Nana “Banana” Daiba is tall.
She is talented.
The series makes a point to show her high up in the revue duel standings — third, behind Claudine Saijou and Maya Tendou. It’s a clear message that she should be one of the trainees to beat. Not only is she diligent, but she has natural advantages that other trainees don’t have. Only tall young women have a chance at becoming otokoyaku. In the strict Takarazka Revue tradition, only otokoyaku can become a top star.
Shoujo ☆ Kageki Revue Starlight is concerned with challenging the Takarazuka system and pressures that come with it. Karen Aijou and Hikari Kagura’s promise to stand on the same stage together is the first step in this direction. Seisho Music Academy’s framing device of the play Starlight is another: it sets up the status quo to be challenged.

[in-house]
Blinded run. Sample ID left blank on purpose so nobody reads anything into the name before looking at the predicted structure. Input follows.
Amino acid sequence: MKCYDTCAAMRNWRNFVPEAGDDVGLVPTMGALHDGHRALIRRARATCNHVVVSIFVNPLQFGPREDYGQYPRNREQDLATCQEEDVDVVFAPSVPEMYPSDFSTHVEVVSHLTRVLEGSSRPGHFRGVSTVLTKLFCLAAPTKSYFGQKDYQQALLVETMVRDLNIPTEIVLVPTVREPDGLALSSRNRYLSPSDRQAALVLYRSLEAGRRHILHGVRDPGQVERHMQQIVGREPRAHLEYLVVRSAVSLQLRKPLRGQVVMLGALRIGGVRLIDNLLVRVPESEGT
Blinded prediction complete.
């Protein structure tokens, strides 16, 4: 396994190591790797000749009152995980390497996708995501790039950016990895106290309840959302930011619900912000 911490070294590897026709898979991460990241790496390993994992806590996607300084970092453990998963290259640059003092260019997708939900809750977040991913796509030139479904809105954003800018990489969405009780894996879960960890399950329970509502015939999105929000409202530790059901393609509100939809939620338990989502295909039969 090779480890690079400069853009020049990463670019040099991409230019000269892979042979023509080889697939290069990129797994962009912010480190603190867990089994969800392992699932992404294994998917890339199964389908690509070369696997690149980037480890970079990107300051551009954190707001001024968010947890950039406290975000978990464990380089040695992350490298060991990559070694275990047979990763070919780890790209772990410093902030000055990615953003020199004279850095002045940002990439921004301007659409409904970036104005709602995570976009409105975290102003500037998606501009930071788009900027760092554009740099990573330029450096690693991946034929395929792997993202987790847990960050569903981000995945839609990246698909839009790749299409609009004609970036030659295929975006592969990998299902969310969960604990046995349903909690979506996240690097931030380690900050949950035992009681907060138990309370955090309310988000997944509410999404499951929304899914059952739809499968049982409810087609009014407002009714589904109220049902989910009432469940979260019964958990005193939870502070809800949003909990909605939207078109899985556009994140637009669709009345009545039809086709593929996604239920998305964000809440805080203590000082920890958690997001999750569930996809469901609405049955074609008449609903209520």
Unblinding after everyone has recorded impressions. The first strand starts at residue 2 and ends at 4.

Two young women try to grasp a star at the same time. One of them is struck down while the other lives. Even if they want to share it, or claim it together, they cannot. “And it shall be bestowed upon you, the Star which you have longed for.” is Starlight‘s tagline, but the words are a poison. Once that star is bestowed, solitude follows. Only one person can claim position zero.
Only one stage girl can become top star.